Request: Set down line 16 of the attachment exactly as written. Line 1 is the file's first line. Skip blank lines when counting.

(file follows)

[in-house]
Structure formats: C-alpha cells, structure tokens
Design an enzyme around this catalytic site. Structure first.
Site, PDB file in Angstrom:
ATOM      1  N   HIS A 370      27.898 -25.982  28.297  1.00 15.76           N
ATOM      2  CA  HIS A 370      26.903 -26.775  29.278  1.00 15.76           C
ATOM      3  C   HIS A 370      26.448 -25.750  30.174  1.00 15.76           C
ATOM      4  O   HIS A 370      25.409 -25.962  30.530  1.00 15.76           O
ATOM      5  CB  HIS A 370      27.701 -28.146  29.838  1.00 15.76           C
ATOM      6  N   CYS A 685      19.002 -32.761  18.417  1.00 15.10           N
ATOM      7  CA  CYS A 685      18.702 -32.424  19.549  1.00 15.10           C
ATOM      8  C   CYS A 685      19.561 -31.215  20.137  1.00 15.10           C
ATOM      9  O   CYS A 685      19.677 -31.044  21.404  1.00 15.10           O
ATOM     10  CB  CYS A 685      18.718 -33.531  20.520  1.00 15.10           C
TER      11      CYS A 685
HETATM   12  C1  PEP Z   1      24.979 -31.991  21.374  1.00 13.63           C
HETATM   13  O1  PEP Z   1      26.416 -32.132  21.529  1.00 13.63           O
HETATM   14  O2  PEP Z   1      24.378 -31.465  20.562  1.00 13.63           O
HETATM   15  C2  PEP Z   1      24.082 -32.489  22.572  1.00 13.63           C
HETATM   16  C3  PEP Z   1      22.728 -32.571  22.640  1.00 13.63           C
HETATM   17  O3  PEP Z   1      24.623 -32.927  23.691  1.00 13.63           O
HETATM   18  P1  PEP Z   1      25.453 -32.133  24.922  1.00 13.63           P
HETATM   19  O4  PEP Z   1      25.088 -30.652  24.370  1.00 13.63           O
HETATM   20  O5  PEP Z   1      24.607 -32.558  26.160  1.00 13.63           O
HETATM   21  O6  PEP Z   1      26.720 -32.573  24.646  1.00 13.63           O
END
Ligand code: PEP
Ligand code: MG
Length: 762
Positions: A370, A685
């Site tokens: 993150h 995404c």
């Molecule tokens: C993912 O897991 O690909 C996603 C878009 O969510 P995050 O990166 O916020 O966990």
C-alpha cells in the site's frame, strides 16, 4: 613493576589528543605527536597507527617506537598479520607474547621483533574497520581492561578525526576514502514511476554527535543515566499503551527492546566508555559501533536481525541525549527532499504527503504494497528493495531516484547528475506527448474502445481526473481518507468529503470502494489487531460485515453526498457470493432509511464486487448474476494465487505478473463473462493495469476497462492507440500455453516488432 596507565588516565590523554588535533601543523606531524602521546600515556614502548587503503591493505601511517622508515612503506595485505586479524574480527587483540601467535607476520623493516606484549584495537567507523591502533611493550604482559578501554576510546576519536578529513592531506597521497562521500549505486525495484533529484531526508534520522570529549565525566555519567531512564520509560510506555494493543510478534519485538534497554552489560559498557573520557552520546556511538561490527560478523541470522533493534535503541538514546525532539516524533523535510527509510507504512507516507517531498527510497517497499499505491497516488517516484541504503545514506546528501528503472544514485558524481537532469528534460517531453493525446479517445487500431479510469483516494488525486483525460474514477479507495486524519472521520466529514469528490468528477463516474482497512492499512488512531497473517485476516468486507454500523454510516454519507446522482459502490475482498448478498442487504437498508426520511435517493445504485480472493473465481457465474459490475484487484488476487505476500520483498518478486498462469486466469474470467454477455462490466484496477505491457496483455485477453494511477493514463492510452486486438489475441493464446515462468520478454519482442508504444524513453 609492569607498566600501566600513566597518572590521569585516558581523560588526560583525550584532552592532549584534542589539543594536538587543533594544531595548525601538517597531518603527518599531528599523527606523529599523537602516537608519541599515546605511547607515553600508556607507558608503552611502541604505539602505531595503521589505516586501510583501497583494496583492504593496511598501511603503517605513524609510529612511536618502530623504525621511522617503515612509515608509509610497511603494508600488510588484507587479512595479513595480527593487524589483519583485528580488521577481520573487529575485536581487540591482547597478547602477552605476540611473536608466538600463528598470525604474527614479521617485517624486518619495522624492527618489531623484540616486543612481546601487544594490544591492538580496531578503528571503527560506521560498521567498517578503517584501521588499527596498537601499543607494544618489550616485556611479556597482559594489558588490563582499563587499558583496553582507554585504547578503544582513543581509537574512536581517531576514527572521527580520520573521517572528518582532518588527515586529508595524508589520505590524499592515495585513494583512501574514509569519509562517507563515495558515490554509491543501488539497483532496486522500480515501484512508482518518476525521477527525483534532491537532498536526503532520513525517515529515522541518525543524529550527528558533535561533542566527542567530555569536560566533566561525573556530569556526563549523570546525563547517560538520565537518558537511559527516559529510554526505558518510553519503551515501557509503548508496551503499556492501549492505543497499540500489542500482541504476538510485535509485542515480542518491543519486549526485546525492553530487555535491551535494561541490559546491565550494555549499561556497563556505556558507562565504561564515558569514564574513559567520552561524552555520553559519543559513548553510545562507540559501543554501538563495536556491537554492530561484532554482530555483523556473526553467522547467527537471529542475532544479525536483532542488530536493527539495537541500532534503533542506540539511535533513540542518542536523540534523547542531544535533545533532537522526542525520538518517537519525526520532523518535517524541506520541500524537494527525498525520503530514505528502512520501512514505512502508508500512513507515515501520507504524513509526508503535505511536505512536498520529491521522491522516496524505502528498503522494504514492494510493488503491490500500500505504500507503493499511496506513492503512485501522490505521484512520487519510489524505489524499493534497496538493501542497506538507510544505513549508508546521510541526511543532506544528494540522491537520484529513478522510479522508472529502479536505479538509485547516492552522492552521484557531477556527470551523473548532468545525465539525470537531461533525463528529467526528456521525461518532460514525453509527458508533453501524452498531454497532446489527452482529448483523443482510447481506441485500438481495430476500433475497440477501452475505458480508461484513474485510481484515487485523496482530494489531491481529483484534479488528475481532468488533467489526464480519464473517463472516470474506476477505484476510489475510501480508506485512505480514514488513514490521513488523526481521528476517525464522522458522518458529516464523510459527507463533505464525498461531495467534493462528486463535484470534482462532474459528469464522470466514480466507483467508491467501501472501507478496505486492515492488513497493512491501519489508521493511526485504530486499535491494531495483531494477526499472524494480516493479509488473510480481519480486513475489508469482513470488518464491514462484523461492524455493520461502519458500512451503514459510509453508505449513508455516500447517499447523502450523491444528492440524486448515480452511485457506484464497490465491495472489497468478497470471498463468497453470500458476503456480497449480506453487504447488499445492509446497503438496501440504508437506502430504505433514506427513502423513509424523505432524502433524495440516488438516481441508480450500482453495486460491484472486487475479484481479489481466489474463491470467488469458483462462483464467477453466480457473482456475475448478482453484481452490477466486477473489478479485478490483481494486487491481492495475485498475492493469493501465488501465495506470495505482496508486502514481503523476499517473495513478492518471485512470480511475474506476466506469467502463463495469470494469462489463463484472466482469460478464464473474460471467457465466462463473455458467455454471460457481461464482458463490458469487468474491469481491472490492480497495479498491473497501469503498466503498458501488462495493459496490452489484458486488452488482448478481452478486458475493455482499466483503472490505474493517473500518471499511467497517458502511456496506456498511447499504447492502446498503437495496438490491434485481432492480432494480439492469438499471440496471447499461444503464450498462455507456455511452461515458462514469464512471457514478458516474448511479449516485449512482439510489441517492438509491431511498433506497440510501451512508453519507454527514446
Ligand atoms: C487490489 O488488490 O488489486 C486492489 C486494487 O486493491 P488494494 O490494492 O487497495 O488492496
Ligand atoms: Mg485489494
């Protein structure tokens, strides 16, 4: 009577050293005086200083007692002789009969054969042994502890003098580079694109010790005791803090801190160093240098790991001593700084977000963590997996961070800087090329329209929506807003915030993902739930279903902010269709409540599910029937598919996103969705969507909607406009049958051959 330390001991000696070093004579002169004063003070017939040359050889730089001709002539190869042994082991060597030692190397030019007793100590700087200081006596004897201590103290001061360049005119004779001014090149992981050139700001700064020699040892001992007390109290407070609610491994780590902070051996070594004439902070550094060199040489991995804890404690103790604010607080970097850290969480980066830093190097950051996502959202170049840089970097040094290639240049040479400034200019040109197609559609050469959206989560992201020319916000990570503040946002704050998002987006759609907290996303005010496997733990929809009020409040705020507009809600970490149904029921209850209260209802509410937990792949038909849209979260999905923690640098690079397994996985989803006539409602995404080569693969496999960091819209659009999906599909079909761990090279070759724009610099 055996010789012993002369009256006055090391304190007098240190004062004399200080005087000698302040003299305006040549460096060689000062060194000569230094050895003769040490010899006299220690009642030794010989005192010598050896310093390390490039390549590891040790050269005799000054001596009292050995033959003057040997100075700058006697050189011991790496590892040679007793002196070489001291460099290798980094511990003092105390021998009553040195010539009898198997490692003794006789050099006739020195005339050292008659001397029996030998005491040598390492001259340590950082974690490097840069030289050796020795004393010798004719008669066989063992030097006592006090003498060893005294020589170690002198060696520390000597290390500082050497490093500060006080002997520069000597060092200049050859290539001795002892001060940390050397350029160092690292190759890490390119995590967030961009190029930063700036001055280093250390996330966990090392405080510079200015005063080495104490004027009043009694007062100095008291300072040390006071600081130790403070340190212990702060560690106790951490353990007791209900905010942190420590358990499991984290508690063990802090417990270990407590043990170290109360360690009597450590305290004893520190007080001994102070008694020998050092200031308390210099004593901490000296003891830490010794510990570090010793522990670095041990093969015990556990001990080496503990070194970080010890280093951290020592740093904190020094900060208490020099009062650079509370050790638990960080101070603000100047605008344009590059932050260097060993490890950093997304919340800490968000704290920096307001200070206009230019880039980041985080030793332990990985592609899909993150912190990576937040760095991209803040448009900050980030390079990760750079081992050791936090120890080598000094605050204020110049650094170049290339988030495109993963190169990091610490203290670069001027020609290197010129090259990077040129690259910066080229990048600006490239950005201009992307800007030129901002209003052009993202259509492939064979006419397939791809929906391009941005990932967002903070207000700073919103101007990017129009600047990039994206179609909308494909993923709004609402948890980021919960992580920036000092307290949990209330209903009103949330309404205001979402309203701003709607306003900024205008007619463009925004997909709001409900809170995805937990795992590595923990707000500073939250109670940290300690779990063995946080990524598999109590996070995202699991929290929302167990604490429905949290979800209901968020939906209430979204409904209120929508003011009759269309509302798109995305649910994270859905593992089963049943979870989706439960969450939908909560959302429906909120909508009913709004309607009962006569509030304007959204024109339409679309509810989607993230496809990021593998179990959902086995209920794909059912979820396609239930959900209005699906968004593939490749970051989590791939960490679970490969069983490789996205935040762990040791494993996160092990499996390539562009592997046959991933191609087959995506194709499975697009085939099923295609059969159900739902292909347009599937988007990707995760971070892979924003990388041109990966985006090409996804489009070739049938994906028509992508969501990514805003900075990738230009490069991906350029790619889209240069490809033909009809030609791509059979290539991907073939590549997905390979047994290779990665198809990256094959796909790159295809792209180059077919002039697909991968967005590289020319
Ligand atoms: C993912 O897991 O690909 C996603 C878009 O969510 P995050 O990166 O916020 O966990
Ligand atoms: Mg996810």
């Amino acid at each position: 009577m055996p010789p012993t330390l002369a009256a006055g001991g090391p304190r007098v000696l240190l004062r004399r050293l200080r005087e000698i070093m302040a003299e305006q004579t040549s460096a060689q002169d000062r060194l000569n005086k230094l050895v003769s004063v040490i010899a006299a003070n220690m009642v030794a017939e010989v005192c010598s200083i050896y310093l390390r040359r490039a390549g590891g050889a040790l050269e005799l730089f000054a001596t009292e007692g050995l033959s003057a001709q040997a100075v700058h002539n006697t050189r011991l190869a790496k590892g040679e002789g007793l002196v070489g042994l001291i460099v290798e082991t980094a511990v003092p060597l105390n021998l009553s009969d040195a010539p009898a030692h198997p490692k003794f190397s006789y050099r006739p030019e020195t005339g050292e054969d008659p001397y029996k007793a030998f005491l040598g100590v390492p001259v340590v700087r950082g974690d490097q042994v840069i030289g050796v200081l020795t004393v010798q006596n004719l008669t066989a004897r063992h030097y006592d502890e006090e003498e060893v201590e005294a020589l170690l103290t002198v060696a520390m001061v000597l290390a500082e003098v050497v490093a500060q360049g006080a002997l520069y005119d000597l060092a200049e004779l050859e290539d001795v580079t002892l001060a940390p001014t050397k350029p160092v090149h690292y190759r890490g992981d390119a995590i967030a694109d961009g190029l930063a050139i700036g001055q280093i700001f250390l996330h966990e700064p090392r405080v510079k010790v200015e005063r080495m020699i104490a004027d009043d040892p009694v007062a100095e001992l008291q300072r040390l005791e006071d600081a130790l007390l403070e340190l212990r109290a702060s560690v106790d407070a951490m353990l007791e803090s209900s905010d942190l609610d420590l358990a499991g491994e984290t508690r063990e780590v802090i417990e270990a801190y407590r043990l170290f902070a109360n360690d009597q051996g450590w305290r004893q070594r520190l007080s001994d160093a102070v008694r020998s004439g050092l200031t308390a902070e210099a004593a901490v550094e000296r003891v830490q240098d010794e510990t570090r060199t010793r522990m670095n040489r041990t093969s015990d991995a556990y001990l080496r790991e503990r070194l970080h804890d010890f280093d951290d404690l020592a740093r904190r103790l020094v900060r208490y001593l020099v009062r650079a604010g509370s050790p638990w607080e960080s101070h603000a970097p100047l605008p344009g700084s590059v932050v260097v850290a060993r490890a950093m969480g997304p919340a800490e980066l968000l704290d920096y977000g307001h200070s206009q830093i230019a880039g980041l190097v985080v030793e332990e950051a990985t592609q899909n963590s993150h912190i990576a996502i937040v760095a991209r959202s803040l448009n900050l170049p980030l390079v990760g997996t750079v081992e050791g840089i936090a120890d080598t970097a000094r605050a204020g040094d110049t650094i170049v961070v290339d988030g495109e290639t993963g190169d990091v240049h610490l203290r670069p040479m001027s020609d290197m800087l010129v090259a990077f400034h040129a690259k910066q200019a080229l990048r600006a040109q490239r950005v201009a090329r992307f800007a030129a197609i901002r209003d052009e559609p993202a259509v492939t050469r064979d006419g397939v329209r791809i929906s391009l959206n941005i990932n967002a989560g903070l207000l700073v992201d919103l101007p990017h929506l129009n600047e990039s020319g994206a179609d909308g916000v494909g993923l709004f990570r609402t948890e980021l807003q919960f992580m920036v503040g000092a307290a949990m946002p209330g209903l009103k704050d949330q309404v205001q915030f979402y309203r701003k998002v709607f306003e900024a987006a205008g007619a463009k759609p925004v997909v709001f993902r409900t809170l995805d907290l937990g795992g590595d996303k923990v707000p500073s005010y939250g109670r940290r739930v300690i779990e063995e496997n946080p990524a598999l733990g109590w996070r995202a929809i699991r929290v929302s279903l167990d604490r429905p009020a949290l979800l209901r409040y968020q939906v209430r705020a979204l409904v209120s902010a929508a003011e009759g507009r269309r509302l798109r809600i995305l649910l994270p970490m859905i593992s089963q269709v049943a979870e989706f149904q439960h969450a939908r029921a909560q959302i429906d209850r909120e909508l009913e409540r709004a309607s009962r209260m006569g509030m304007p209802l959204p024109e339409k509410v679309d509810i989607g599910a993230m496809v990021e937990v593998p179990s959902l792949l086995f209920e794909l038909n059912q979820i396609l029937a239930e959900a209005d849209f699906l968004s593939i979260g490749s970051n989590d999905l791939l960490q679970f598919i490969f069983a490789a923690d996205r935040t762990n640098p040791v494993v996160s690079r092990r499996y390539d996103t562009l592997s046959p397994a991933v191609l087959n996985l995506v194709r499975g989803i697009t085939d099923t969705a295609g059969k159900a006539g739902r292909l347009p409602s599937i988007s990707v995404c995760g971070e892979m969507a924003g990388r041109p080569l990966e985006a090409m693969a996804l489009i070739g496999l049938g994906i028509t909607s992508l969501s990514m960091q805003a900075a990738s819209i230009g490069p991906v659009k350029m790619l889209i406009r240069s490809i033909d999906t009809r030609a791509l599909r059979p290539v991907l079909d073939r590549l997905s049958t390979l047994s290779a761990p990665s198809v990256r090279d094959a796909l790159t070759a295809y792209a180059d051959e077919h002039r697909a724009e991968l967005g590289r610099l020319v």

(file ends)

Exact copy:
HETATM   12  C1  PEP Z   1      24.979 -31.991  21.374  1.00 13.63           C